How to create a highly scalable serverless GraphQL data-driven app in minutes

Gerard Sans
Jul 1 · 8 min read

Serverless made easy with AWS Amplify and Angular

In this tutorial, we will learn how to build a GraphQL data-driven serverless app using Angular, AWS Amplify and AWS AppSync. We will create a new project with Angular, generate a serverless GraphQL API using AWS AppSync and build an AWS AppSync client to access it including real-time. We will cover:

In order to follow this post you will need a basic knowledge of GraphQL. You can learn the basics following this tutorial at graphql.org.

Please let me know if you have any questions or want to learn more at @gerardsans.

Introduction to AWS AppSync

AWS AppSync allows you to create highly scalable serverless GraphQL data-driven mobile and web apps by providing an open source Amplify Framework (consisting of AWS AppSync Clients, GraphQL transforms and the CLI), integrations with multiple data sources, and the AWS AppSync console.

  • AWS AppSync Clients: client-side libraries to securely access data from any spec-compliant GraphQL API. Built-in support for real-time and offline/delta client synchronisation.
  • Amplify CLI: set of commands, via theapi category, to automate the setup and provision of resources for AWS AppSync and Amazon API Gateway cloud services. Support for REST and GraphQL APIs.
  • GraphQL Transforms: custom GraphQL schema directives that can be used in your GraphQL schema to enable custom workflows.
  • Data sources: databases (Amazon DynamoDB for NoSQL, Amazon Aurora for RDBMS), searches (Amazon Elasticsearch Service), and AWS Lambda functions.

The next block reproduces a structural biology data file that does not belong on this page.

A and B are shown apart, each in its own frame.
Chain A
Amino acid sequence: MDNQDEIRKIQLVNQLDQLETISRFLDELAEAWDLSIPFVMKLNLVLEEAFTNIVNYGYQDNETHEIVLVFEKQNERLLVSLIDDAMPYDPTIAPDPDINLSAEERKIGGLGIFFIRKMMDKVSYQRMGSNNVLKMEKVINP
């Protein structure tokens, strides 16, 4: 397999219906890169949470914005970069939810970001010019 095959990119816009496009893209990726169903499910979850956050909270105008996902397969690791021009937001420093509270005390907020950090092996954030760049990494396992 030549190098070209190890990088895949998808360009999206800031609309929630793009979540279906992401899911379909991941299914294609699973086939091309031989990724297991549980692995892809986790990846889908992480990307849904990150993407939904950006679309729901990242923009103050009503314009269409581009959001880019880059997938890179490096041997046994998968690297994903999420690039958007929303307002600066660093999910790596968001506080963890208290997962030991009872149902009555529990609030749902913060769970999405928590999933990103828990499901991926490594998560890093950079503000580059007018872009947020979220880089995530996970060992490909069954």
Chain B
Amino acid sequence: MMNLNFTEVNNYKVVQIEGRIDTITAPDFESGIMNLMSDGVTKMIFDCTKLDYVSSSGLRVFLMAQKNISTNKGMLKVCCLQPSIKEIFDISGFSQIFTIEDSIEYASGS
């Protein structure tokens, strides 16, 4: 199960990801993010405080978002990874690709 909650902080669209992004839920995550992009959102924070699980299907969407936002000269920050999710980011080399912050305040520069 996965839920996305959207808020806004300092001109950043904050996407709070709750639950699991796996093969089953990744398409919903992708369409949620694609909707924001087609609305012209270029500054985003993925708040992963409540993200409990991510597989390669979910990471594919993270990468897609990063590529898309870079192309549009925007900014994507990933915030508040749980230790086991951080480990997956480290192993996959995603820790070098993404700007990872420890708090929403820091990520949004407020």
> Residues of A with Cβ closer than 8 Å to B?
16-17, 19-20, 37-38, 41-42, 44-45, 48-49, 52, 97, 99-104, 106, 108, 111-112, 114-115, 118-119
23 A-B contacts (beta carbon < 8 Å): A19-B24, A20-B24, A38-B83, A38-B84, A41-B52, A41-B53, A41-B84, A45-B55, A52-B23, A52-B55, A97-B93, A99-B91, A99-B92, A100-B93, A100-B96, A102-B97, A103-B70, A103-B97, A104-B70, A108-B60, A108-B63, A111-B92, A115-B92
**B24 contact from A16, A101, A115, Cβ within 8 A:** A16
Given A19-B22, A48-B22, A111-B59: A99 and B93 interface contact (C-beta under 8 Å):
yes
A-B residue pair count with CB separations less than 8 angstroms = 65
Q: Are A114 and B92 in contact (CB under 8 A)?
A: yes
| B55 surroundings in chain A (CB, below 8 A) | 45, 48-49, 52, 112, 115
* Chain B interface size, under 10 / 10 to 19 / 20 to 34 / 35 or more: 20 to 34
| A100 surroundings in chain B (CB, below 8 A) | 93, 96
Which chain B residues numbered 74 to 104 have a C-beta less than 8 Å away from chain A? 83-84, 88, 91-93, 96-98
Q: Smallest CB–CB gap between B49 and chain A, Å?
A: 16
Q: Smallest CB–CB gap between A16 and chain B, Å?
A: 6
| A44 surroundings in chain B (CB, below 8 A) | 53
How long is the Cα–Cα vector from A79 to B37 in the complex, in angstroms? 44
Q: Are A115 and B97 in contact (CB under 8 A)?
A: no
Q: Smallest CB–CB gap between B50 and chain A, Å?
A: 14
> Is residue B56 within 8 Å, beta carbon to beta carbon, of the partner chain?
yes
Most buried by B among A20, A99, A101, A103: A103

By using AWS AppSync, teams can quickly create highly scalable serverless GraphQL data-driven apps for mobile and web while leaving the heavy lifting to the Amplify CLI.

AWS AppSync data-driven apps architecture overview

Setting up a new project with the Angular CLI

Before moving to the next section, please complete the steps described in “Setting up a new project with the Angular CLI”.

Creating a new GraphQL API

For this post we are going to create a GraphQL API to list our favourite restaurants. To create it, we will use the following command:

amplify add api

Answer the following questions

  • Please select from one of the below mentioned services GraphQL
  • Provide API name: RestaurantAPI
  • Choose an authorization type for the API API key
  • Do you have an annotated GraphQL schema? No
  • Do you want a guided schema creation? Yes
  • What best describes your project: Single object with fields (e.g., “Todo” with ID, name, description)
  • Do you want to edit the schema now? Yes

When prompted, replace the default schema with the following:

type Restaurant @model {
id: ID!
clientId: String
name: String!
description: String!
city: String!
}

You should be familiar with everything in the GraphQL schema above but for the @model directive. This is a GraphQL transform provided by AppSync.

Using your first GraphQL transform

GraphQL transforms allow AppSync to provide further customisation and support for common scenarios, so you don’t have to.

By adding@model to theRestauranttype we are telling the Amplify CLI runtime to create the resolvers to support queries, mutations and subscriptions in DynamoDB. Besides the regular CRUD operations, we are also getting some more advanced features like pagination and filtering that we are going to cover later.

Once we apply@model to a type we get access to these other transforms:

  • @key to configure custom index structures in DynamoDB
  • @searchable to enable searches using Amazon Elasticsearch Service
  • @connection to add relationships between types
  • @lambda to generate AWS Lambda resolvers
  • @auth to add fine grained multi-authorisation support
  • @versioned to add conflict resolution for offline scenarios

Learn how to use each transform in detail from the official docs.

GraphQL Transforms are implemented using custom GraphQL schema directives as defined in the GraphQL specification.

Pushing your GraphQL API to the cloud